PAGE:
President Roh of Korea is visiting Japan and I was invited to attend a lunch with him today. He has been in office for about 100 days and was widely reported as being the world's first "Internet President". I wrote about it in Feb. Since then, his popularity has gone from about 60% to 40% because of difficulties in execution of domestic financial policy and constantly changing positions on the US and other issues. His trip to Japan was also very controversial back in Korea because Japan just passed a new law broadening the powers of the Japanese military's ability to defend itself on Friday. Former victims of Japanese military occupation are very negative about any expansion of the Japanese military.
I was very interested in how the Internet would play a part in his leadership and deliberations so I was anxious to meet him and ask him about Emergent Democracy. Unfortunately, the "lunch" turned out to be a pretty formal and huge lunch with 150 business leaders. There was only time for two questions and the people asking the questions were already pre-chosen. The discussion focused around free trade, helping each other's economies, China and about Korea trying to become a hub for Asia and a railroad gateway to Europe.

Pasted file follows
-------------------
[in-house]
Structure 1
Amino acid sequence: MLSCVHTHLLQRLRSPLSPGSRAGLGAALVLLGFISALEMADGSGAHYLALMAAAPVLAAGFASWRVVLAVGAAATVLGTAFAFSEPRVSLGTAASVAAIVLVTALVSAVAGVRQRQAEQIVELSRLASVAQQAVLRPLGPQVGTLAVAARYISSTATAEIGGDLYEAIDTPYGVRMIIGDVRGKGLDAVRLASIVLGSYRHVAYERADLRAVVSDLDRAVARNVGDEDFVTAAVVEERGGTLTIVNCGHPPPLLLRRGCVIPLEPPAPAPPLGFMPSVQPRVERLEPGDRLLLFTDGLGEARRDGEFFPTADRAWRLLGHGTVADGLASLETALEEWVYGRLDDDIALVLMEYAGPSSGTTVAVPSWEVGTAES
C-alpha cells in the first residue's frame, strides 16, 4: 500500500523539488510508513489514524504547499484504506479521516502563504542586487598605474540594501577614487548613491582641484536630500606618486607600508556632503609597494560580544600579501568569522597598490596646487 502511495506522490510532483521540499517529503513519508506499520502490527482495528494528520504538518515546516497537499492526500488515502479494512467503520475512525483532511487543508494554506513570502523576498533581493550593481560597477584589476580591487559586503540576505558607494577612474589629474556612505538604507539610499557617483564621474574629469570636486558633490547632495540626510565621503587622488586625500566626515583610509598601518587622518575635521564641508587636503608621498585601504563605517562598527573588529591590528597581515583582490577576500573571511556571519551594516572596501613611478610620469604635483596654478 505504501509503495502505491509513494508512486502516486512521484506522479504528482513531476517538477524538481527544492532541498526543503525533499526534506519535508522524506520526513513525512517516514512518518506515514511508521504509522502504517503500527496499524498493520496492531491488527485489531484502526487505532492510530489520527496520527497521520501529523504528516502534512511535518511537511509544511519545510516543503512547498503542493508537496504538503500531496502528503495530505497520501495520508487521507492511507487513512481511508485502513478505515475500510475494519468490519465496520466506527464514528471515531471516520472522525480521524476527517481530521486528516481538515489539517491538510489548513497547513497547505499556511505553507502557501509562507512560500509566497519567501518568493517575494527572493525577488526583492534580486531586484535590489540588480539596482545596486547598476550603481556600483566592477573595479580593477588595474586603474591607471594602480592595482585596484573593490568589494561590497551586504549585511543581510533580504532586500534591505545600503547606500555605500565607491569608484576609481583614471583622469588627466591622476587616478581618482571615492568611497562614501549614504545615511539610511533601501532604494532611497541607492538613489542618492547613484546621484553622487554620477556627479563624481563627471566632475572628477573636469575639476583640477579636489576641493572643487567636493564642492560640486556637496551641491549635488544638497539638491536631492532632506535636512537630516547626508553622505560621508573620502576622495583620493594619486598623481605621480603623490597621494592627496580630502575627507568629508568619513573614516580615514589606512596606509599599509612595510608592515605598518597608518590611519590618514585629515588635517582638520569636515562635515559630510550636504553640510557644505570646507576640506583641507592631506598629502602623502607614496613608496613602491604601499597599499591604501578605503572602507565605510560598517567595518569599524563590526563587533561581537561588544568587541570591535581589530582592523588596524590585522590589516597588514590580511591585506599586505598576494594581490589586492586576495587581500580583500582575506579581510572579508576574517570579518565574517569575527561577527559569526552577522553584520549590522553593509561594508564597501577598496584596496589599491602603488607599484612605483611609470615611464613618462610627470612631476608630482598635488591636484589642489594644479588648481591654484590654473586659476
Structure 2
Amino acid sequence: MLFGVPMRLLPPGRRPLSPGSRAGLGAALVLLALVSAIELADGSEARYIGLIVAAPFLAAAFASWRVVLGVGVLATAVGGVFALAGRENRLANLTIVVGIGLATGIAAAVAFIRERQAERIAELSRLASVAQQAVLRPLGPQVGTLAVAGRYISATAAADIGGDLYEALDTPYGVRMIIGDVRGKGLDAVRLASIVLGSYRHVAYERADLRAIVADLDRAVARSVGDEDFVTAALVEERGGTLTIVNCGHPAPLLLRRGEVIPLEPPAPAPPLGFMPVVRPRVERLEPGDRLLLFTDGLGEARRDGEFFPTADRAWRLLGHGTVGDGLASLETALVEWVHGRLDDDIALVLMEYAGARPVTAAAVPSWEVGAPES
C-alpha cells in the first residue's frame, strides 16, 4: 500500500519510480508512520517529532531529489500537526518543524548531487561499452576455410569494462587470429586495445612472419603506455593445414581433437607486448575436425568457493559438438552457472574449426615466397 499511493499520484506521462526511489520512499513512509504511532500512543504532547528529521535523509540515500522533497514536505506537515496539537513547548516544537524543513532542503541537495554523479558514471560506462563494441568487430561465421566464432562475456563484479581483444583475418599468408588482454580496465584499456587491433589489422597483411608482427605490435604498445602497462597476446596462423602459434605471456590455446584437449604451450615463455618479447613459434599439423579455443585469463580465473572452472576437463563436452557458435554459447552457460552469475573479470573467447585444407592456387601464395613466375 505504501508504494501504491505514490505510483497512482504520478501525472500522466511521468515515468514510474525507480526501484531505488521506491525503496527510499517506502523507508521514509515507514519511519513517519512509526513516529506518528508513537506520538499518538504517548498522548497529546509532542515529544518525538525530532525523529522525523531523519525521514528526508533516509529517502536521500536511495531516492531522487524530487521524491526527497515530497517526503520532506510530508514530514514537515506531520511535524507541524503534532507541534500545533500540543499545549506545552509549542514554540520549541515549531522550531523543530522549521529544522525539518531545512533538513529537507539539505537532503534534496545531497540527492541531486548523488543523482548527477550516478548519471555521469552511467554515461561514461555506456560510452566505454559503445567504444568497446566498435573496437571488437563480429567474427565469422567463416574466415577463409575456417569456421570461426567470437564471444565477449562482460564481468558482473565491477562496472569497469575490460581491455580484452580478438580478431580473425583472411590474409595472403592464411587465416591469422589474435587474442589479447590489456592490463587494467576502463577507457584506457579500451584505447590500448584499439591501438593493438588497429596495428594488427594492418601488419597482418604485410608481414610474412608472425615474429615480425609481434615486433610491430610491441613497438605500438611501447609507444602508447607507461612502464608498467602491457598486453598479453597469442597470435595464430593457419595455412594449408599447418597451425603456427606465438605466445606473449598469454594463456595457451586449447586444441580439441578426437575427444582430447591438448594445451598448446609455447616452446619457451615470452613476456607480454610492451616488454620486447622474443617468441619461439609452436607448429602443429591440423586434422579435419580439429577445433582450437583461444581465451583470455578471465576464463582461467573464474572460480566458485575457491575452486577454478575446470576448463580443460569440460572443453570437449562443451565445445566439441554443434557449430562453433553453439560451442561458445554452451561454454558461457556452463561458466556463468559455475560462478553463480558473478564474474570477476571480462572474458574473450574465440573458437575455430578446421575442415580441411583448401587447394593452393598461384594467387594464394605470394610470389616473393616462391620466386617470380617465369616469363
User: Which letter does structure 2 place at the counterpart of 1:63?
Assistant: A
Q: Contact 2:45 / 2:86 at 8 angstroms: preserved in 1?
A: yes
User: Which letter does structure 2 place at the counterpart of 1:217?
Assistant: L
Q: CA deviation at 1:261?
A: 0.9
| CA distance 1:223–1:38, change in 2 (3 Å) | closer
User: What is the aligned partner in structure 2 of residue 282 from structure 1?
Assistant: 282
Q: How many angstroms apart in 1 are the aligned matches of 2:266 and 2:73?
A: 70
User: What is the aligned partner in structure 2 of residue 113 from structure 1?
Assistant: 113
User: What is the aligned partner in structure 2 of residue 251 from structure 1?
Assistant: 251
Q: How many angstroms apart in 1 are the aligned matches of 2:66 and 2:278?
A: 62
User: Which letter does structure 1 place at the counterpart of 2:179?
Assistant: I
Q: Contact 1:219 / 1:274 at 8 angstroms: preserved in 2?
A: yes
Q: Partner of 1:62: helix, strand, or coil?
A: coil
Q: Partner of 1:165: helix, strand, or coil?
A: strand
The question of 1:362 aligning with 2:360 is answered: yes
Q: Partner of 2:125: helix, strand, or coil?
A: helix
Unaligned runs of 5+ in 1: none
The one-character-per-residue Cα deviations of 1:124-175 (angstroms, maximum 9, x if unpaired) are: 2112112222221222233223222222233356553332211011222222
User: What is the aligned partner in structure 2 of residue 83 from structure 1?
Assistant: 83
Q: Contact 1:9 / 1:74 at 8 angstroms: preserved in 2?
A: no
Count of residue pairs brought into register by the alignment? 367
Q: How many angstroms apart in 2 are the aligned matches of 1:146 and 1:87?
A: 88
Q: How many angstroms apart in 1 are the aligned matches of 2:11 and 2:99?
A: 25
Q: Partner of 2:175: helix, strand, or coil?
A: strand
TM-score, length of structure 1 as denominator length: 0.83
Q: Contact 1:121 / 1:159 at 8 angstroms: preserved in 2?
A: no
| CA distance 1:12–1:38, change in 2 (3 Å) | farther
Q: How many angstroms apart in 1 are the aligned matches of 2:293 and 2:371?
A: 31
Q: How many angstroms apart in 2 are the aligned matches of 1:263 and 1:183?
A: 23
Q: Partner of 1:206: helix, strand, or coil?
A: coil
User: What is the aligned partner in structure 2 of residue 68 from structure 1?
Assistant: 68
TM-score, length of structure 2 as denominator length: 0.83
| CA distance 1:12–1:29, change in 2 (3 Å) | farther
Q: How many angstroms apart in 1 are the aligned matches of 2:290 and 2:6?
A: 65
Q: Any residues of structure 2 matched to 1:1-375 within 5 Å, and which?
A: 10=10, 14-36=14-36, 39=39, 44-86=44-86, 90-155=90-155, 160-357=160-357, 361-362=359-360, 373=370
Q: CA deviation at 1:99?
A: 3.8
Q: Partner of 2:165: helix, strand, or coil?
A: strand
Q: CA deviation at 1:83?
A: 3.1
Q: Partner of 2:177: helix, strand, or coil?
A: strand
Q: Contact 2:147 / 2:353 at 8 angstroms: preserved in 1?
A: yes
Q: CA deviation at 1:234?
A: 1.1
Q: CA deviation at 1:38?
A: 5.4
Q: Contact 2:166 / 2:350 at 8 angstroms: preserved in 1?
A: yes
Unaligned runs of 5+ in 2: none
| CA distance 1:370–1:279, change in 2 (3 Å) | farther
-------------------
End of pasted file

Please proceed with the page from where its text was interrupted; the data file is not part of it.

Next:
Mark Norbom, the CEO of GE Capital was at my table and I hadn't seen him for a long time so that was nice. Also got to see Chairman Nishimuro of Toshiba who I'd also not seen for a long time. Other than generally schmoozing around, it wasn't much fun and there definitely wasn't any emergent anything going on as far as I could tell.